Students also need to be at the center of attention of the teacher. When designing the curriculum, a unit, or a lesson, not the topics the teacher likes, the linguistic constructions the teacher believes to be interesting, and the facets of the language community’s culture the teacher has experienced or finds fascinating should be included, the topics, constructions, and cultural facets that the students need to grow in their development of language proficiency and cultural awareness at this stage in their learning and with their learning goals and objectives need to be included. Not the methods of instruction the teacher finds convenient and the activities they enjoy or are comfortable with should be introduced, the teaching methods that are proven to be most conducive to the students’ learning and the activities they most fruitfully engage in need to be used in the daily teaching.

Student-centered teaching is a repeated attempt grounded in reflective practice. Teachers constantly learn about the changing needs of their students, the instructional methods through which their students learn best, and the activities through which they engage best with the language and culture. To put it more holistically, everything in the process of teaching and learning (what Russians like Vygotsky call обучение and German teachers call Unterricht—the unity of teaching and learning) is appropriated, designed, or employed such that the students make optimal progress in their development of the second language and culture.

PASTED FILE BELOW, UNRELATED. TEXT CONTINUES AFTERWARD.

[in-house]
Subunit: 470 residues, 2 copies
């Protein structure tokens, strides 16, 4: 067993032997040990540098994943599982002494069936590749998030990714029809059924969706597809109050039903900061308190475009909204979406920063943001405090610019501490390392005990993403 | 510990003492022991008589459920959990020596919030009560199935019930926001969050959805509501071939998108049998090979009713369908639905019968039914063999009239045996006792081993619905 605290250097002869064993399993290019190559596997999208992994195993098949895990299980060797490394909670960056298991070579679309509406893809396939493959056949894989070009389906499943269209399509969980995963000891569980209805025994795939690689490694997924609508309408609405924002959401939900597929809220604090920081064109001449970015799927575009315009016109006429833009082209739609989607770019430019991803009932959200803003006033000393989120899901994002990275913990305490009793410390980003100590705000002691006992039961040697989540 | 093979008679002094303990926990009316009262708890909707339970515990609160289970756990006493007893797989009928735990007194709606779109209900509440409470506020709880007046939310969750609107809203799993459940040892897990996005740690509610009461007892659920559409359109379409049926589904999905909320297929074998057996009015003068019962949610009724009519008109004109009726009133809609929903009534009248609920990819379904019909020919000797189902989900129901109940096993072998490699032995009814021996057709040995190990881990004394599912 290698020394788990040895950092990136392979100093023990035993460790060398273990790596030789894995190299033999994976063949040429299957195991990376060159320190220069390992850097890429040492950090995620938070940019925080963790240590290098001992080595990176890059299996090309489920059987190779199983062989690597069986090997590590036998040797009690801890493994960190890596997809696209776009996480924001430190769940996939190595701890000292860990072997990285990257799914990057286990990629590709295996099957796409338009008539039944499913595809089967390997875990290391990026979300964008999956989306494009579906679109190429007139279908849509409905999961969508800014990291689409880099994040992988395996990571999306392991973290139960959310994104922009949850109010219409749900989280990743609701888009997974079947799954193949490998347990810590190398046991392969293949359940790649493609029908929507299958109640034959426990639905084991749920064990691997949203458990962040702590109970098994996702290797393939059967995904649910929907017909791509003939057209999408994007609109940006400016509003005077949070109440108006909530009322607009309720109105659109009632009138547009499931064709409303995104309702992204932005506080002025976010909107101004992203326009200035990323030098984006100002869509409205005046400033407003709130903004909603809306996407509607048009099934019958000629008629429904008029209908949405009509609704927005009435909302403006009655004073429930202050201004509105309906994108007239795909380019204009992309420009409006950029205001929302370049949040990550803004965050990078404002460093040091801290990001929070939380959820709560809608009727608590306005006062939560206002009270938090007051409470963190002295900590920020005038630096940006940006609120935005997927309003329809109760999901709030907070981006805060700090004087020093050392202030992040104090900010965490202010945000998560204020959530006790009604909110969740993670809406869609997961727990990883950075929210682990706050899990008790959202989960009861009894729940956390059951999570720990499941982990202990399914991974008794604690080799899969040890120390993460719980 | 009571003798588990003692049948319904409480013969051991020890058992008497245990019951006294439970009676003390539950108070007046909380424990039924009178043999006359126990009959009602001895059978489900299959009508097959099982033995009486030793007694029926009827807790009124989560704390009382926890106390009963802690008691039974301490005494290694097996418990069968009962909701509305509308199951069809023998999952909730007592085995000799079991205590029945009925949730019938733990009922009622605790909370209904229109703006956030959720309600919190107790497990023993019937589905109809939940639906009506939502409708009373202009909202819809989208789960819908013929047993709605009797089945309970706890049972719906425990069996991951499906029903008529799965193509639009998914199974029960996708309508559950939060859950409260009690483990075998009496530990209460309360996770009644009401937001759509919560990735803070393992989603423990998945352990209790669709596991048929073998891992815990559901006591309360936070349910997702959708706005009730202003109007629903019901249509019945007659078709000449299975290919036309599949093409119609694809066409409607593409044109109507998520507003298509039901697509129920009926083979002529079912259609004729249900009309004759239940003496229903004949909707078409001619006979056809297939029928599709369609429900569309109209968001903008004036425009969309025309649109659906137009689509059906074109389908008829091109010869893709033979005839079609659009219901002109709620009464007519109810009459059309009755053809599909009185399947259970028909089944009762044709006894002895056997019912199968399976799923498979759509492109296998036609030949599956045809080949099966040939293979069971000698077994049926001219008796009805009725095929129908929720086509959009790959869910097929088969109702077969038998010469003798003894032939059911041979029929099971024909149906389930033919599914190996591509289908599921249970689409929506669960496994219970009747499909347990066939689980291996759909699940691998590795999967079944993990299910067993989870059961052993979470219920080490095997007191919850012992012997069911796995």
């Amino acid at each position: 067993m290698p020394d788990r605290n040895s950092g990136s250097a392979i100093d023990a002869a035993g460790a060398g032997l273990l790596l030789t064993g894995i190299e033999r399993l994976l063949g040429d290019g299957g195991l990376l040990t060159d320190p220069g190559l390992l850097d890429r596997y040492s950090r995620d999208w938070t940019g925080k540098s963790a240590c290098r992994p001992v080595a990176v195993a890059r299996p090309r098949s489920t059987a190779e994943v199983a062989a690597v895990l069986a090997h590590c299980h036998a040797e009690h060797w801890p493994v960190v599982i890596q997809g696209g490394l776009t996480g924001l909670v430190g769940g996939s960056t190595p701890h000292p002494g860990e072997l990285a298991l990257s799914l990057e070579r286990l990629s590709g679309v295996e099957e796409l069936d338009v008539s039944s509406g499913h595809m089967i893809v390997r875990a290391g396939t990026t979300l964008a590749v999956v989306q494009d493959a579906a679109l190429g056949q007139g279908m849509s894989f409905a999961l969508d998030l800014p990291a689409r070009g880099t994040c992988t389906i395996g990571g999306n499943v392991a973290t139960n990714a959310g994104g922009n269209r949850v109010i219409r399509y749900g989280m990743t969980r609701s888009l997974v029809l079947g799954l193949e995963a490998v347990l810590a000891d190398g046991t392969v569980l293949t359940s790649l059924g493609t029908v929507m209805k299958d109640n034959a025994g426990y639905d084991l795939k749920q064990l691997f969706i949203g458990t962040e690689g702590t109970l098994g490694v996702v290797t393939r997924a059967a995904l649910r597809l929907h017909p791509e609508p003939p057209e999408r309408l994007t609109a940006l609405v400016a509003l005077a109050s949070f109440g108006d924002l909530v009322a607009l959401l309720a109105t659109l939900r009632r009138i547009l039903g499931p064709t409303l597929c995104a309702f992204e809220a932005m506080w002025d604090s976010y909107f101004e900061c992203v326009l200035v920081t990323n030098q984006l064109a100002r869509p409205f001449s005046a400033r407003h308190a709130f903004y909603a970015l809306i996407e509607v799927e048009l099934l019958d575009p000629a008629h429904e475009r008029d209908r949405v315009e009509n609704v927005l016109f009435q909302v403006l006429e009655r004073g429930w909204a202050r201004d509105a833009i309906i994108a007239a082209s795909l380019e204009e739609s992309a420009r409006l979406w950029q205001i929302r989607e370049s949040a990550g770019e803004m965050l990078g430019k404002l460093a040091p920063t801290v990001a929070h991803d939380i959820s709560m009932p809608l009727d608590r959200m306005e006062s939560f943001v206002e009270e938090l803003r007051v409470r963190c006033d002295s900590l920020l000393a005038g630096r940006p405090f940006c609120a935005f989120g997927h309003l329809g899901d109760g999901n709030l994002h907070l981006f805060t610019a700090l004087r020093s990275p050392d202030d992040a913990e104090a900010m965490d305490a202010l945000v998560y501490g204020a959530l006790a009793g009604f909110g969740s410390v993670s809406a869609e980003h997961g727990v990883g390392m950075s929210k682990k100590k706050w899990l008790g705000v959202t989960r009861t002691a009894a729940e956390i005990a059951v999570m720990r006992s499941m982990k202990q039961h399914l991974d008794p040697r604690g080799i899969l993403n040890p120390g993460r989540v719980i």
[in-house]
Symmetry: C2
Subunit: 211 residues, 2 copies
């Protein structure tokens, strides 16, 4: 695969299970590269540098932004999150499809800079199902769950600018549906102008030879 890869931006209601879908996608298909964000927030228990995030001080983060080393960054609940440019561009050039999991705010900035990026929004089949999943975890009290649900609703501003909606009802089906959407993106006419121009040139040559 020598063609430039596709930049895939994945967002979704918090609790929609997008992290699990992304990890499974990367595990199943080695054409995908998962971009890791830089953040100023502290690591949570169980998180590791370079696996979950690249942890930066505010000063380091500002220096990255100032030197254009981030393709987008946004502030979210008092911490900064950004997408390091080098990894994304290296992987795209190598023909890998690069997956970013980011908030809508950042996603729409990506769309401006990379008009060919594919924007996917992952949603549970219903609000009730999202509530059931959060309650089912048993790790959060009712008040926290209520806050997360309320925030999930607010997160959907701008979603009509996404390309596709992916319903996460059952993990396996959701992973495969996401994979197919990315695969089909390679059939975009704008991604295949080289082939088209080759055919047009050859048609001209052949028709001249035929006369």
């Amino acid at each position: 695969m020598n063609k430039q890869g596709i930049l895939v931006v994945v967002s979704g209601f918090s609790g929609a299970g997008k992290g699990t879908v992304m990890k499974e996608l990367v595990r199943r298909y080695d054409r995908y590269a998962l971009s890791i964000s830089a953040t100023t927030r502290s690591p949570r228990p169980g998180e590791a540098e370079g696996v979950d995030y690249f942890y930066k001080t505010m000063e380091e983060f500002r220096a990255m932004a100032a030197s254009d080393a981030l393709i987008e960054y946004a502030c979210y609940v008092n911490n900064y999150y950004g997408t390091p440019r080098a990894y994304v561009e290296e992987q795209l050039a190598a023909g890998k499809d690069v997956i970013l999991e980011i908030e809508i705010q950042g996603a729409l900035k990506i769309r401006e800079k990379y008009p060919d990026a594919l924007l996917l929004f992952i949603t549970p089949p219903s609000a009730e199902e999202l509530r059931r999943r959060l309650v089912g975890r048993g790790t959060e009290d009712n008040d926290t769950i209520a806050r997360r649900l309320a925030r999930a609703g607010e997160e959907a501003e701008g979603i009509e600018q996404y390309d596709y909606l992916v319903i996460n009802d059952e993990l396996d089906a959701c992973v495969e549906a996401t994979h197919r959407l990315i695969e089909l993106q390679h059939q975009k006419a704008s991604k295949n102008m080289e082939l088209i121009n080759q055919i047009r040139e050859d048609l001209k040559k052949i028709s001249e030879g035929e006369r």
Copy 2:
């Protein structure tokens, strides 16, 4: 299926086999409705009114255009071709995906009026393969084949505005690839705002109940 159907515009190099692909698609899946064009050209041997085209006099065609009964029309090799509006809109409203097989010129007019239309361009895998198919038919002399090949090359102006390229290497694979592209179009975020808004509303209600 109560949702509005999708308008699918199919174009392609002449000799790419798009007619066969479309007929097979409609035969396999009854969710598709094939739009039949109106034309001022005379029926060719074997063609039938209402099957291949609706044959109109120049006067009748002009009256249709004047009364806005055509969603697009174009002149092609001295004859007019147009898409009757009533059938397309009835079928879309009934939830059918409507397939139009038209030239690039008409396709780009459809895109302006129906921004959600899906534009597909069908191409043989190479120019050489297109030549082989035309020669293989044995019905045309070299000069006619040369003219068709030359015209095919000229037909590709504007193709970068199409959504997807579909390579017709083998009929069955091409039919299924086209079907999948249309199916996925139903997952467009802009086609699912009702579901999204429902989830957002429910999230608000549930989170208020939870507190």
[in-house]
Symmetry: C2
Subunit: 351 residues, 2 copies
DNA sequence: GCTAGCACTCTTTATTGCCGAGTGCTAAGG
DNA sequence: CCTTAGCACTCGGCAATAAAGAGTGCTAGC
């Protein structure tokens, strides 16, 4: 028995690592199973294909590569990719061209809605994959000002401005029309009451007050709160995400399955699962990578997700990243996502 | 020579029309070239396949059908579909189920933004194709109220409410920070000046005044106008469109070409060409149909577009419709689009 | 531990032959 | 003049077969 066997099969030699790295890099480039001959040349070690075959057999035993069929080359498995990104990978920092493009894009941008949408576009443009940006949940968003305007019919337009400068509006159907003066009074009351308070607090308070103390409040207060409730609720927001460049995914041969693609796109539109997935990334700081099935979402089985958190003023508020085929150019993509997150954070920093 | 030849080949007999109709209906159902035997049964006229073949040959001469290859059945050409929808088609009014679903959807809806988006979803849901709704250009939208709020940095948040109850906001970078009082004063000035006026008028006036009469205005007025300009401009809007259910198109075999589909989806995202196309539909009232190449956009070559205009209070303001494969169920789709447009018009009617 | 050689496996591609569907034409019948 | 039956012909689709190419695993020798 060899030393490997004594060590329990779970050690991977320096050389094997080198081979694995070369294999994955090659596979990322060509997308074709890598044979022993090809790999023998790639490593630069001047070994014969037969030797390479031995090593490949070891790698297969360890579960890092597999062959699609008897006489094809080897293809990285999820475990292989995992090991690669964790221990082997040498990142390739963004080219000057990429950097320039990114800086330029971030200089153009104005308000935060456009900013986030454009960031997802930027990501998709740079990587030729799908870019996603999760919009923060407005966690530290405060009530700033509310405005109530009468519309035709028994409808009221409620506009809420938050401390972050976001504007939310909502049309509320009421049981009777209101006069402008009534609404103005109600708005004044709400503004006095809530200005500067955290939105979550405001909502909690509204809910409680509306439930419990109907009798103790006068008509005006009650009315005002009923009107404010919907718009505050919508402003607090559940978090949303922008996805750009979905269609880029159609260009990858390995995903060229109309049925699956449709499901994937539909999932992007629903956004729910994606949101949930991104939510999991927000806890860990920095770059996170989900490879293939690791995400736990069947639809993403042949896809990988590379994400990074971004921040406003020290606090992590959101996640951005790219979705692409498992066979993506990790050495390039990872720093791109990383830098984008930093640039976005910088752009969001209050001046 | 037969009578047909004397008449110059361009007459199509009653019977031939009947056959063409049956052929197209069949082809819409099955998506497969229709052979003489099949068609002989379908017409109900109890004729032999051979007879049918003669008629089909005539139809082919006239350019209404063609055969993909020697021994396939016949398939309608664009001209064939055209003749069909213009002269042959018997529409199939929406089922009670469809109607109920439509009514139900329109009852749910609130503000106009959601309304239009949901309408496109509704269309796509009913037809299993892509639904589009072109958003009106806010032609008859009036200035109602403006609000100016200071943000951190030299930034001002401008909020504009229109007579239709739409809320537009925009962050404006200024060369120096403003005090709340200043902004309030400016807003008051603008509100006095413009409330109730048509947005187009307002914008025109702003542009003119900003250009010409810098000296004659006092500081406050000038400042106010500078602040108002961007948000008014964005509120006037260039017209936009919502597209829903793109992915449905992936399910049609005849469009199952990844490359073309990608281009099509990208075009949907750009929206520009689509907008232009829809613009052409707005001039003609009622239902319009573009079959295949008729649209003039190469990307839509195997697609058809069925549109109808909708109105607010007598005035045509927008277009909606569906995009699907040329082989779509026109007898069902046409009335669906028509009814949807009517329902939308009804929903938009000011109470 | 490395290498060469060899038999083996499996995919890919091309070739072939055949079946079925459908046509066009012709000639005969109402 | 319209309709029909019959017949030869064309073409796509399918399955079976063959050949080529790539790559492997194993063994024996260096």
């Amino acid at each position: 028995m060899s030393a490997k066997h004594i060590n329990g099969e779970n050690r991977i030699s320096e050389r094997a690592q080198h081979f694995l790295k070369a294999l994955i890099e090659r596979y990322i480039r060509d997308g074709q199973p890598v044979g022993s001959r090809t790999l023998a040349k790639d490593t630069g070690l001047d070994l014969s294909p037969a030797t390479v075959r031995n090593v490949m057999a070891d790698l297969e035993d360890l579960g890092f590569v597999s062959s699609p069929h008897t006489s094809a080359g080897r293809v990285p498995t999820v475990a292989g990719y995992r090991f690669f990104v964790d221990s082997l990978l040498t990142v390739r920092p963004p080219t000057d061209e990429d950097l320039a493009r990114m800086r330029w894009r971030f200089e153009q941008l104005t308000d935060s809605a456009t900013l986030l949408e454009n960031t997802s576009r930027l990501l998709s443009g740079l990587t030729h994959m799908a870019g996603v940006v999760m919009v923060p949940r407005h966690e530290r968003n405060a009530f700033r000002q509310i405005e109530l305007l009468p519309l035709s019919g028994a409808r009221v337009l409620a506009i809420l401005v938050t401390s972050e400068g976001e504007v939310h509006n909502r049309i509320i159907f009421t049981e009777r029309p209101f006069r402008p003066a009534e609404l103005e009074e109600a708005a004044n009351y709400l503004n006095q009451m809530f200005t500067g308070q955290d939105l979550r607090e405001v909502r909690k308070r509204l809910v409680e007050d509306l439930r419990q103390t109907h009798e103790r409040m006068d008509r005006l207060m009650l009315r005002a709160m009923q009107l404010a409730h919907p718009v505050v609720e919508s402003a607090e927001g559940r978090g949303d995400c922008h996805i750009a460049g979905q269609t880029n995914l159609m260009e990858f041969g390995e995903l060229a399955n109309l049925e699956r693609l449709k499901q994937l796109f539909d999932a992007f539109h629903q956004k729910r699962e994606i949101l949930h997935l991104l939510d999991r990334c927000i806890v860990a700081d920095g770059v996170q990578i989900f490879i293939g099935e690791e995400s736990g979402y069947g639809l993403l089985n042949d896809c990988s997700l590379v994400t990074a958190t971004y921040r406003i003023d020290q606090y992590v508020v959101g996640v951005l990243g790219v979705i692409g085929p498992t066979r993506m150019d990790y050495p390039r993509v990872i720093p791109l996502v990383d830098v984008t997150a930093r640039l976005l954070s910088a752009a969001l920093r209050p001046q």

So it is both—surface and essence. With a student-centered approach, language teachers constantly strive to give center stage and prime time to students speaking, activity, practice, and performance; and more importantly, the students’ needs, their goals, and optimal achievements are first and foremost on the mind of the teacher in everything they do when learning and preparing for class, working in class, and reflecting on learning processes after class. And with this approach, students are never passive pawns and teachers can never rely solely on what they did in the past; the center and focus of all learning processes is a teacher-led collaboration with active students that never stops …

On the complexity of change: It’s time — now

Hey, Friend,

Time, doesn’t it fly … I have not been wasting any time. I had no time. There simply never was a time when I could sit down and write. Perhaps, it wasn’t the right time. A time to gather stones? A time to cast them them out?

Time!
Chris, I am always reading your comments immediately. In a timely manner, so to speak. And then I think, I should pick up on this, I should pick up on that. And then time goes by … In both my brief exploration of the word herd immunity and your comment to that post, we talked about our schedules. Yes, schedule, time management, the passing of time, the future, … have been on my mind for some time.

Time: Just now, I have learned that the word schedule is related to the German noun Zettel and the Spanish cédula, simply meaning a sheet of paper, a note sheet. How do I know, you ask. Well, I looked it up at https://www.etymonline.com/word/schedule. I learned that schedule only came to mean a sheet with a timetable in the nineteenth century. Does this mean only with the beginning industrialization schedules became more important? Are they important to you? How important is it to be on time? Is it important to you to do something in time?